The Andean Vizcacha Represents a whole story within the culture of the Andes

While the guinea pig is a very famous and traditional animal in the Andes of Peru for the delicious flavor of its meat and the great variety of typical dishes that can be prepared, there is another rodent that has even more history than the guinea pig. We are talking about the Andean vizcacha (scientifically: Lagidium viscacia) that has a great resemblance to rabbits.

Unlike the guinea pig that is a domesticated animal, the vizcacha lives wildly in the Andes of Peru. Since ancient times, the Incas knew the vizcacha. Several chroniclers, such as Garcilaso de la Vega in his book The Royal Comments of the Incas, speak of the uses assigned to this rodent. Fine clothes were made with the fur of this animal; only royalty could wear them. “In the time of the Inca Kings and many years later, such that even I lived them, they took advantage of the vizcacha’s pelt and spun it in order to vary the fine clothes they wove in colors. The color of it is light brown, an ash color, and it is soft. It was a very esteemed thing among the Indians: it was only made for the clothes of the nobles ”.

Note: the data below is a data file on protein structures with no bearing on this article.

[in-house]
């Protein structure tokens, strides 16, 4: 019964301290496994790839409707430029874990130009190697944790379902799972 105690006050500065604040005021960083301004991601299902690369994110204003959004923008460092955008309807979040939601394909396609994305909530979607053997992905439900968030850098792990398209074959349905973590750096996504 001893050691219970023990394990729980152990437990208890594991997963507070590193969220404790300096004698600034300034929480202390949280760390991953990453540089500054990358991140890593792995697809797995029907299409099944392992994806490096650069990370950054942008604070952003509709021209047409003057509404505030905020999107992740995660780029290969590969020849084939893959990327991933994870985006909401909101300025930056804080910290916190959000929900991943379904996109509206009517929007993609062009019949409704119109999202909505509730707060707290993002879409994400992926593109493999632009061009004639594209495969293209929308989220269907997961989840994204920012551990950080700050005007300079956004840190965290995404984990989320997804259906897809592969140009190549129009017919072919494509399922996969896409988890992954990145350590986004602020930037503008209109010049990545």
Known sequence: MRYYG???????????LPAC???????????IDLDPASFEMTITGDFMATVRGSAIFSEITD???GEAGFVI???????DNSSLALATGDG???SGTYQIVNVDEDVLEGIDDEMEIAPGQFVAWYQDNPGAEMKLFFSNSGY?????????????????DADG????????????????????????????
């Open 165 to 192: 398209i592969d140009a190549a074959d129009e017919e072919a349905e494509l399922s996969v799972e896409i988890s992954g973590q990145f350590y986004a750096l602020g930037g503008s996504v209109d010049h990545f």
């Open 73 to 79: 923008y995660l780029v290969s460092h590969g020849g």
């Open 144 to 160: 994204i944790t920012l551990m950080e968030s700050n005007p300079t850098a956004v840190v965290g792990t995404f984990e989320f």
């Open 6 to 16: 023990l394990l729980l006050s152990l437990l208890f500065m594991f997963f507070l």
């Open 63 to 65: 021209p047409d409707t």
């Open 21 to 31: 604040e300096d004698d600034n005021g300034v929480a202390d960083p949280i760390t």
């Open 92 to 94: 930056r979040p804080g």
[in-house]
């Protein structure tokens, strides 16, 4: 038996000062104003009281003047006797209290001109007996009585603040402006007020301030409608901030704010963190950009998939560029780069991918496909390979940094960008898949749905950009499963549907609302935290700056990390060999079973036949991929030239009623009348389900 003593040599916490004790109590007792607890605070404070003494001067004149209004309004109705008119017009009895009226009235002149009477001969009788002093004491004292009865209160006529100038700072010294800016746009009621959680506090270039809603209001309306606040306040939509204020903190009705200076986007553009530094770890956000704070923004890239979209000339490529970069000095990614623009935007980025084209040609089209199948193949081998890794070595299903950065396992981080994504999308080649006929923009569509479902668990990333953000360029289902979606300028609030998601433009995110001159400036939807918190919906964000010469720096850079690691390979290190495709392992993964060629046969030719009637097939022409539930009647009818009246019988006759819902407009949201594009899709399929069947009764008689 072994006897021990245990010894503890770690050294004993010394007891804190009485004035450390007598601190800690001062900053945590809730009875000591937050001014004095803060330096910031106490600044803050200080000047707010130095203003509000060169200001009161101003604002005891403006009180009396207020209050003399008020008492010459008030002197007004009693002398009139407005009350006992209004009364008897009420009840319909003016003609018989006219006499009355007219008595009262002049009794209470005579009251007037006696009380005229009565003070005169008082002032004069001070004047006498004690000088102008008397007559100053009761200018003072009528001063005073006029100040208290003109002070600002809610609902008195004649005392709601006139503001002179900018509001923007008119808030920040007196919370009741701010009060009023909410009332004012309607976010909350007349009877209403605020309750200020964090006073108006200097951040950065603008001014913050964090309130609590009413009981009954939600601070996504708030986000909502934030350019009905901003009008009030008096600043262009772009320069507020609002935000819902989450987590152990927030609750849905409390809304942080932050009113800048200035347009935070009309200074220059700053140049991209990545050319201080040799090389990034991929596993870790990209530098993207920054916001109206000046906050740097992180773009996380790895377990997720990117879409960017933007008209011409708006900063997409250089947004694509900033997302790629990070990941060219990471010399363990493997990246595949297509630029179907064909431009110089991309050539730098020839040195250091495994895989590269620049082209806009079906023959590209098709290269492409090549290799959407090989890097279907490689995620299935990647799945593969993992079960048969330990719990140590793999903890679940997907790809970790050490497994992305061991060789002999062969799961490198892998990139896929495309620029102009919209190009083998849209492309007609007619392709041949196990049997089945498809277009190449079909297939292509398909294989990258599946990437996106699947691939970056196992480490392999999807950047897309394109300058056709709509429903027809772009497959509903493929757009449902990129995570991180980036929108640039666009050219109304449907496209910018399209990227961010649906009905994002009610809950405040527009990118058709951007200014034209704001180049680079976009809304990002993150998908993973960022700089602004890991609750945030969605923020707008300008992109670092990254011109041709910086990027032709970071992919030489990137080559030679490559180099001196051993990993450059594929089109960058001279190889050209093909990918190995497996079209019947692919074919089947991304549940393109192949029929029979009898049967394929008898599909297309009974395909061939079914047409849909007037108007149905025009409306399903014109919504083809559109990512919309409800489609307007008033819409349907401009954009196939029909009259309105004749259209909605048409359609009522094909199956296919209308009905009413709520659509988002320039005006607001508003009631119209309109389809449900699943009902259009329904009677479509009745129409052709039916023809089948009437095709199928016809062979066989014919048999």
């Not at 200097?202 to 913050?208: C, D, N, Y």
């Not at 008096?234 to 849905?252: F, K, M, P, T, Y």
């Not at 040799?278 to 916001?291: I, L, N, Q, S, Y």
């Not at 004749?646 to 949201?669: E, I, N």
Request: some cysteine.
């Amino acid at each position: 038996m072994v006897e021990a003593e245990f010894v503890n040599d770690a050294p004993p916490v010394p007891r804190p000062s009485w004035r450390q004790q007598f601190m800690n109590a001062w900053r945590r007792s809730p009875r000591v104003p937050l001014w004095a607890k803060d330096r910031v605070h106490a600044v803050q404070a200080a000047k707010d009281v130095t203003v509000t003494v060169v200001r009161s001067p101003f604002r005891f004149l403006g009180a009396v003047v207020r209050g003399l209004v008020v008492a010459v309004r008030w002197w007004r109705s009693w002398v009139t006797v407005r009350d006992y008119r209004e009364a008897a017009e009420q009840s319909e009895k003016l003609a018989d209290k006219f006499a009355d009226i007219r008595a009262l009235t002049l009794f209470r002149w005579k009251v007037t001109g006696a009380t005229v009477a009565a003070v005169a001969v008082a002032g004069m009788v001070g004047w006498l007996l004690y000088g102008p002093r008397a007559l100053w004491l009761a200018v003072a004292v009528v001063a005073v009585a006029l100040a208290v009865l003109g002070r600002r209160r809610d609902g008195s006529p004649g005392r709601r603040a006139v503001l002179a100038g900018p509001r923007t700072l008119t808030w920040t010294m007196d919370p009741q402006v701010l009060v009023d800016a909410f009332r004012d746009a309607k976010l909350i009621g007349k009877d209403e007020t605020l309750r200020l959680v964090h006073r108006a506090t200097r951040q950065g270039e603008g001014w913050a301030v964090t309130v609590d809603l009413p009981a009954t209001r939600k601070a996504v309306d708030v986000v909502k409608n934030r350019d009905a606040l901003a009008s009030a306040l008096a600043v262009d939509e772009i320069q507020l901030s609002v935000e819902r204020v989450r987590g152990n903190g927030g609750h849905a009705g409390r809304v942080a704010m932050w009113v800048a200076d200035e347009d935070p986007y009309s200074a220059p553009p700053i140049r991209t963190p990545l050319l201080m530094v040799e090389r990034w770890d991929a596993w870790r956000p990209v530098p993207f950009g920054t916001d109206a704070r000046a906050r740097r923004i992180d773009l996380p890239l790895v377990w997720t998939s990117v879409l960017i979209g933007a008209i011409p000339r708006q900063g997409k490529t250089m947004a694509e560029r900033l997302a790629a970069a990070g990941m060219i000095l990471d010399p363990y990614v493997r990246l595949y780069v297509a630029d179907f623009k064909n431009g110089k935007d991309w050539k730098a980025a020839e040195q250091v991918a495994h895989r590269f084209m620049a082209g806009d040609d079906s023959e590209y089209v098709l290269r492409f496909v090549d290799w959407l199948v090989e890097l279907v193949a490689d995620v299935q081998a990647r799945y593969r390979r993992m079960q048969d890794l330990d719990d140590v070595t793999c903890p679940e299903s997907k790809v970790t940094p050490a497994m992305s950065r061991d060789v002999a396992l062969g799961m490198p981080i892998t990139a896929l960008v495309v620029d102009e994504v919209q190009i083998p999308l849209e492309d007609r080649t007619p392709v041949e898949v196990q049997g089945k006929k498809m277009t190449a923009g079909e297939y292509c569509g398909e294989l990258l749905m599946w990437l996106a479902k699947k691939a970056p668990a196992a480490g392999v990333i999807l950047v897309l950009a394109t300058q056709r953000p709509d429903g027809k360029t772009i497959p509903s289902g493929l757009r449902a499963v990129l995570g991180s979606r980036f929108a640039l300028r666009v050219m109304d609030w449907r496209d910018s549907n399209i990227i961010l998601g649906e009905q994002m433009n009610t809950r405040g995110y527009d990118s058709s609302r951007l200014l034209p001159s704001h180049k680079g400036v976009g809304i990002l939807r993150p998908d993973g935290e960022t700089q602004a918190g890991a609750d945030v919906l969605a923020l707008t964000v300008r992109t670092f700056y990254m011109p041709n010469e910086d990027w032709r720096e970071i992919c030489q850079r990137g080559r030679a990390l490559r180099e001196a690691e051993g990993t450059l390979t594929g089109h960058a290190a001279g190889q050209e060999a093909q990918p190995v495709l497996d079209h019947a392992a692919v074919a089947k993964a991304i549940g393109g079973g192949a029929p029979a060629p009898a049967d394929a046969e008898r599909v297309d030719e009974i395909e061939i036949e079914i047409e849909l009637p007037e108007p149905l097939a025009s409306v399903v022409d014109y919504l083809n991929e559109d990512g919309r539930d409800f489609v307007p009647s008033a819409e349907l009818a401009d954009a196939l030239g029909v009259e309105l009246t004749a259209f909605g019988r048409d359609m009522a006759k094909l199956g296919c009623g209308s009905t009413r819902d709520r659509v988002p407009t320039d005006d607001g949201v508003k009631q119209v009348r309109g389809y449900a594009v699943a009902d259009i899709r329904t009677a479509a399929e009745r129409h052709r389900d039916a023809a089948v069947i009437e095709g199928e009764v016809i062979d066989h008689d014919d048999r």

There is in the city of Cusco a painting called “The Last Supper” that was painted by Marco Zapata, one of the great painters of the Cusco school. In this oil painting you can see symbols on the table belonging to Andean culture such as chicha morada, papaya and what most attracts attention is guinea pig as everyone knows it.

But if we analyze carefull with the story and the painting itself, what would be in the center of the table would be the vizcacha because of its importance. Currently, in some high Andean villages, the vizcacha is still eaten and is represented as the guardian of the lakes and mountains.

This little rodent represents a whole story within the culture of the Andes. With the latest events of forest fires in the Andes of Peru, much of the flora and fauna are being exterminated. Just as vizcachas live free in Machupicchu, let’s take care of them everywhere and say no to forest fires in order to conserve the flora and fauna that we are so proud to have

Brayan Coraza Morveli

Soy completamente cusqueño. Mi profesión es analista de sistemas. Me encanta escuchar y tocar la música andina tanto como bailar break. Me gusta también compartir mi experiencias como cusqueño con gente de otros lados. Una de mis metas es llegar a conocer mi cultura más profundamente y compartirla ampliamente con gente de otras generaciones tanto como con hermanos y hermanas de otros lados de nuestra planeta.

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